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Four ways to cultivate rest when stressed
Slug: Stress
Release date: August 4, 2020
Source: KearceCom/ Tammy Kearce
Word count: 1,347 - Plain text version available by request.
Art: High-resolution images available by request. 
Call or text (850) 419-9167  Interviews available by telephone, video conference, or in-person.   

The digital clockface screamed 3:00 a.m. for the third night in a row. Although I was exhausted, sleep eluded me night after night. My business was struggling, my savings were dwindling, and my future was uncertain. I was frightened and frustrated, but I was not alone. Many of my friends, family, and fellow Americans were also awake, struggling with similar circumstances.

Prior to the CoVid 19 pandemic, more than 70 percent of Americans reported physical and psychological symptoms related to stress: headache, muscle tension, digestive issues, irritability, fatigue, lack of energy and/or loss of enthusiasm, according to the National Institute of Stress. And in recent months, that stress level has skyrocketed.

In addition to existing stress, Americans have the added burden of health concerns for themselves and their families, economic pressures and uncertainty about the future. While the best way to combat stress is to rest and relax, it is easier said than done. Anyone faced with an uncertain future can attest to the fact that rest and relaxation are all but impossible. 

However, “Using some simple, targeted techniques, we can quiet that stress and get some rest,” says Tammy Kearce, former communications and social science professor at NWFSC (NorthWest Florida State College), author of the Everyday Vacay Seminar Series and host of Tammy Talk TV.  

Technique #1 Prune passive stress

Passive stress is a silent but destructive form of stress caused by ignoring a problem in hopes that it will go away, but instead it percolates quietly below the surface adding to overwhelm and fueling frustration, usually rearing its head late at night and in quiet moments when we should be resting.

We can combat passive stress with:

·        Deliberate detection: Pay attention. Look for passive stressors.

·         Proper planning: Prepare for predictable stressors in advance.

·         Sensible scheduling: If it happens with regularity, schedule it.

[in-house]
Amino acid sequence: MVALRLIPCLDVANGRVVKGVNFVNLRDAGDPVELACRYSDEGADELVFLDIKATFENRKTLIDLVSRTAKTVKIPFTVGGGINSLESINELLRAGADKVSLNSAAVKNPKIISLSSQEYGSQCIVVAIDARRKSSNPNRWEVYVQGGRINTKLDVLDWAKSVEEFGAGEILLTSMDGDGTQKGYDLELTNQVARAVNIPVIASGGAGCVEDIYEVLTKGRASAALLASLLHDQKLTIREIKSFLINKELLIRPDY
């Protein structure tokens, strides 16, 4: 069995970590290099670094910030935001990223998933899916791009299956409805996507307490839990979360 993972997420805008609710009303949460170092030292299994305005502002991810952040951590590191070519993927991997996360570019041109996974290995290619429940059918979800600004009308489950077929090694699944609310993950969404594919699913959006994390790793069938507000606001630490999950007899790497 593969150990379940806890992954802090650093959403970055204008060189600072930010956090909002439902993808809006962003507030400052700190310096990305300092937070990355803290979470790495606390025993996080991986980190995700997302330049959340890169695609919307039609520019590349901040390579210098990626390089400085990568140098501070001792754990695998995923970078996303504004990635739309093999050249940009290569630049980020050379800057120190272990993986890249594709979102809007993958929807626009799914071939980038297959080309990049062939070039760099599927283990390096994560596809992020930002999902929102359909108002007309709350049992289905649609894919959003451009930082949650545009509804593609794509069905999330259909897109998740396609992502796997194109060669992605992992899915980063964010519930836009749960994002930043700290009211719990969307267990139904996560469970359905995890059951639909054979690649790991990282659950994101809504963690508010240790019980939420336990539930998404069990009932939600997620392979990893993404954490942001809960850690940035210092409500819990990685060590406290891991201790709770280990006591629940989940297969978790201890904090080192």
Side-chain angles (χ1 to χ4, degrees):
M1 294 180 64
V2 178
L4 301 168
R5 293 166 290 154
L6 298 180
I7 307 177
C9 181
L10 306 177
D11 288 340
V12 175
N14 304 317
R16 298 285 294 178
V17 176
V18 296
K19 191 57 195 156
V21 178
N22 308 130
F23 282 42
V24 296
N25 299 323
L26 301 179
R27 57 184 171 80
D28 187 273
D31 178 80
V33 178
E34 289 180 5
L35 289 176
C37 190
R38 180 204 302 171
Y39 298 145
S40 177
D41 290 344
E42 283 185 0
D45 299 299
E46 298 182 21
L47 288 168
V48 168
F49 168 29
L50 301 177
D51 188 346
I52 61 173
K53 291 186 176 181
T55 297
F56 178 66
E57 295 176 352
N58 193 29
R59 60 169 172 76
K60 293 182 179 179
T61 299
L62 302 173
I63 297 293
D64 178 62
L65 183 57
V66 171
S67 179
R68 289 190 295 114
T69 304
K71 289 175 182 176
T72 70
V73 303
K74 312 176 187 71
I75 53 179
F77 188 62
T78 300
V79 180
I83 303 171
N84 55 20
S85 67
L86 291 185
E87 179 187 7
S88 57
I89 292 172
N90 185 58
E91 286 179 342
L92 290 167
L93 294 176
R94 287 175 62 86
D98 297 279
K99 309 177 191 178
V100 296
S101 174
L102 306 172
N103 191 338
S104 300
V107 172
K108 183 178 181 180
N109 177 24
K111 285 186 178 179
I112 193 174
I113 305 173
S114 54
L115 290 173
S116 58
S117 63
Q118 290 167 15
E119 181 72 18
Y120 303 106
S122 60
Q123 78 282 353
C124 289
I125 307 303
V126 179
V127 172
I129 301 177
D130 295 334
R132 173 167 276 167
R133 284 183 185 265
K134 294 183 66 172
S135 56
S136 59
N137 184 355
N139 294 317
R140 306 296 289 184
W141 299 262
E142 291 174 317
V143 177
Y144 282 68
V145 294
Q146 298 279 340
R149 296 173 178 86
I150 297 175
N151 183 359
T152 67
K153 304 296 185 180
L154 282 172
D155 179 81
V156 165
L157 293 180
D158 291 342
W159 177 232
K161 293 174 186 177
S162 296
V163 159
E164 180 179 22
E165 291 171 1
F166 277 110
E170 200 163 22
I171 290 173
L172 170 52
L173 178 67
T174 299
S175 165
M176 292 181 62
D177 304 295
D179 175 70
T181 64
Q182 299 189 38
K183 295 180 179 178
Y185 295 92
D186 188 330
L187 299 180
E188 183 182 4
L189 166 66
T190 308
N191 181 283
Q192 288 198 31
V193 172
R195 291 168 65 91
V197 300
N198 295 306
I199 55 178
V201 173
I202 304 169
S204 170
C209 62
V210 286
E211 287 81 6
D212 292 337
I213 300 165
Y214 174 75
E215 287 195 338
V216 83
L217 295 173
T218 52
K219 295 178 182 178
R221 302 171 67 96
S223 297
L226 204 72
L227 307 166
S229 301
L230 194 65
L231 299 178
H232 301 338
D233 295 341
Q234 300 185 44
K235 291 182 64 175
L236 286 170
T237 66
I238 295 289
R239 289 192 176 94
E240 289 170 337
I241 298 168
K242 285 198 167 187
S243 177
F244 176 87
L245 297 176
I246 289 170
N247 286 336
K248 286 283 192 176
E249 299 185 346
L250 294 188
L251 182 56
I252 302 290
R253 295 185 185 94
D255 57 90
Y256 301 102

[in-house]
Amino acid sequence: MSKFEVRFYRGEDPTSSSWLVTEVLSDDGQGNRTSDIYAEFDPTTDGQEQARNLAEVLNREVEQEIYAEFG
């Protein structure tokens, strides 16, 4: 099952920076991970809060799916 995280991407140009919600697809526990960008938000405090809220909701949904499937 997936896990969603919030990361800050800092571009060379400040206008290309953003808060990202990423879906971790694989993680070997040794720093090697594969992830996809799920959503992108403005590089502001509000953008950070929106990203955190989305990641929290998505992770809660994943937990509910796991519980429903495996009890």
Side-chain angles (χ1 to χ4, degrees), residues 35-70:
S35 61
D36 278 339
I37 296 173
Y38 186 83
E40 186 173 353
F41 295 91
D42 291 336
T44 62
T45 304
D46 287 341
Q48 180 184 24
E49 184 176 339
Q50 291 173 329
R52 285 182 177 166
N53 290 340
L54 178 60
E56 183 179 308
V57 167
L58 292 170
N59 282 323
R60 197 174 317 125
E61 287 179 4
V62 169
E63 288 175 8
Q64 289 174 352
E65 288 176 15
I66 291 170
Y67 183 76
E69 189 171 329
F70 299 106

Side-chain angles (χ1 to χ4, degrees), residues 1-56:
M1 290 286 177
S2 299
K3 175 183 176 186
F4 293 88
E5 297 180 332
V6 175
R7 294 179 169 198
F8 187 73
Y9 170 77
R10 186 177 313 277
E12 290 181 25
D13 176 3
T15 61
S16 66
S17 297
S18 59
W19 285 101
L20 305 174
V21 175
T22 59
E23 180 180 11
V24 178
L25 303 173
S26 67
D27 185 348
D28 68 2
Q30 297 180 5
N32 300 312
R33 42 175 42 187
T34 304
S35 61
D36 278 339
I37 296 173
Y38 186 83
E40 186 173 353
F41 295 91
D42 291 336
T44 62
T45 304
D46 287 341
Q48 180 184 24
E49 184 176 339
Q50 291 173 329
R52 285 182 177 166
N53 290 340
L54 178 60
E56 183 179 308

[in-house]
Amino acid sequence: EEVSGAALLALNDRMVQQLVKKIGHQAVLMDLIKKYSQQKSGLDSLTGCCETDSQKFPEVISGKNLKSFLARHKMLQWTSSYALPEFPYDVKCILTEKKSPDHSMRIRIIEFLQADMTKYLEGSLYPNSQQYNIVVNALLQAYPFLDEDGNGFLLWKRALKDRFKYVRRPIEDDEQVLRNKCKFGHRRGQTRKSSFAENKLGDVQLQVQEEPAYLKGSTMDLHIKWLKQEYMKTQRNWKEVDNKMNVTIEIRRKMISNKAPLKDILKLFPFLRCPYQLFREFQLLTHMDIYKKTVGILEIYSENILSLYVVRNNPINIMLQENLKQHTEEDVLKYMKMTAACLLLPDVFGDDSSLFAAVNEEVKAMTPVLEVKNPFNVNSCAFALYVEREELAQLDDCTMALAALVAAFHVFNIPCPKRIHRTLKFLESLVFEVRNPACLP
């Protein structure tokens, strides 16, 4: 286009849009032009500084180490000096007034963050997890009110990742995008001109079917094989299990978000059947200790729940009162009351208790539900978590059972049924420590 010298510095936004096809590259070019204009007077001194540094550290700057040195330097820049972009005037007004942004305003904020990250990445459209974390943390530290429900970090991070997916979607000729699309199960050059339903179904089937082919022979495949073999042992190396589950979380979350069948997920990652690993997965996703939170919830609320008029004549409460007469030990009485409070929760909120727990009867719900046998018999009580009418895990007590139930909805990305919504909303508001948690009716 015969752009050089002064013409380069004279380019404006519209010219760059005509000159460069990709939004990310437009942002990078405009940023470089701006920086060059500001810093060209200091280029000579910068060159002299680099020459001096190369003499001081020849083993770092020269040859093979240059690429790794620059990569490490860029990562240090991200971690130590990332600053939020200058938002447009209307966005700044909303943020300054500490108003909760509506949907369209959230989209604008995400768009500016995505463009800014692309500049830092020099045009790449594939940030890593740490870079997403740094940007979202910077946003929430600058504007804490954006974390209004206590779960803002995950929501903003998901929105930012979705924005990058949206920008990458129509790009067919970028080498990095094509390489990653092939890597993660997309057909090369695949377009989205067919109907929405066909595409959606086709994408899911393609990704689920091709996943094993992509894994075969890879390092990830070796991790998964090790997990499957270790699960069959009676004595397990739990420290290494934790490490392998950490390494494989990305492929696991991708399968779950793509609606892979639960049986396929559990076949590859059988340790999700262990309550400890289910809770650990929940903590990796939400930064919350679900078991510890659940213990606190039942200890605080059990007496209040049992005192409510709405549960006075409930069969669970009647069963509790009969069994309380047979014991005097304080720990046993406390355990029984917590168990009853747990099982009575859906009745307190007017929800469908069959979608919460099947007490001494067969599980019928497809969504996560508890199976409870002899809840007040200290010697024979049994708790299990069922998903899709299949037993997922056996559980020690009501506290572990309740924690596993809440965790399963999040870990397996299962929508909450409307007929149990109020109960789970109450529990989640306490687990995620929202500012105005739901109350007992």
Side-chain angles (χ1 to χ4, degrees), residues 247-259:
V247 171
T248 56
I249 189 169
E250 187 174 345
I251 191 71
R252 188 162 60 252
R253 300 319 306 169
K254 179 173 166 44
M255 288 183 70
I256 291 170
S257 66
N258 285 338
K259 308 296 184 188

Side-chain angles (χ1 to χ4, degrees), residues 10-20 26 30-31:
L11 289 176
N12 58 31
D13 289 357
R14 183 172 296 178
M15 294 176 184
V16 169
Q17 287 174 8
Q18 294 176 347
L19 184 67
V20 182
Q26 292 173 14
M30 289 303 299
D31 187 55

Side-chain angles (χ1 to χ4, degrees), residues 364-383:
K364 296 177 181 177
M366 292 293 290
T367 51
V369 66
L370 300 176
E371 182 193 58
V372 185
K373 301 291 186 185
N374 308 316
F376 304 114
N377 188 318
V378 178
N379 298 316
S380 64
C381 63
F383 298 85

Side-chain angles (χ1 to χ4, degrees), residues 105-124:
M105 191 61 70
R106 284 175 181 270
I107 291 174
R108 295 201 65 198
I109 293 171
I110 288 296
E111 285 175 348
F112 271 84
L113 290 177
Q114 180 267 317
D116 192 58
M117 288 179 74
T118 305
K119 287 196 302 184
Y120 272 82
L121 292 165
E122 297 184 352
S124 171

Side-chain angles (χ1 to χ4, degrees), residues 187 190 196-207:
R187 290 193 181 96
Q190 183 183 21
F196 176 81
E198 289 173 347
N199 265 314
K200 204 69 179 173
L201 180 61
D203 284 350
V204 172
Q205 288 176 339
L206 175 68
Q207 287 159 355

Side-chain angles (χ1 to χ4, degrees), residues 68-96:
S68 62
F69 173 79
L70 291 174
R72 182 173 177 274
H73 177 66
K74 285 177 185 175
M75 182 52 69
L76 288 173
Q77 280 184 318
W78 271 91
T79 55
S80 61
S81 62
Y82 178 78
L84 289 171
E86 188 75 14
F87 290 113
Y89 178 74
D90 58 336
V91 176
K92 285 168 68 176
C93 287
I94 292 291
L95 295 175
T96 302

Grocery shopping

o   Gassing the car

o   Self-care (haircuts, check-ups, exercise, etc.)

"Ignoring it will only make it go underground and be harder to manage," says Kearce. "So the best way to combat passive stress is to pull our head out of the sand, pay attention, plan ahead, and put it on the schedule."

Technique #2: Weed out worry

Crocodile Dundee said it best, 

“Worry is like a rocking chair. It gives you something to do but gets you nowhere.”  

Worry serves no real purpose other than wasting valuable time and energy. Worry feeds indecision and indecision feeds worry, so ditch them both in favor of action. If you are worried about something that you can control, determine the steps that need to be taken and get started. But if it is not something you are capable of correcting, do something physical because action is the antidote to worry. Go for a walk or a run. Find a YouTube workout and work up a sweat. Do something, and if that does not work, do something else.

Even if we are successful at warding off worry during the day, it has a way of surfacing during the dark, quiet of the night. So, cultivate a nightly ritual of making a list before bed of "Todays and To-dos."

Write down:

  • Disturbing things that happened during the day.
  • Concerns about anything, no matter how small or trivial, 
  • Things to do the next day or in the future.
  • Things to remember.
  • Things to prepare. 
  • Anything that you might worry about during the night. 

Then keep that list nearby. During those dark hours before dawn, we sometimes get reminders from our subconscious about responsibilities and/or commitments that we have forgotten. By keeping our list near the bed, we can easily add to it, releasing that worry until the next day.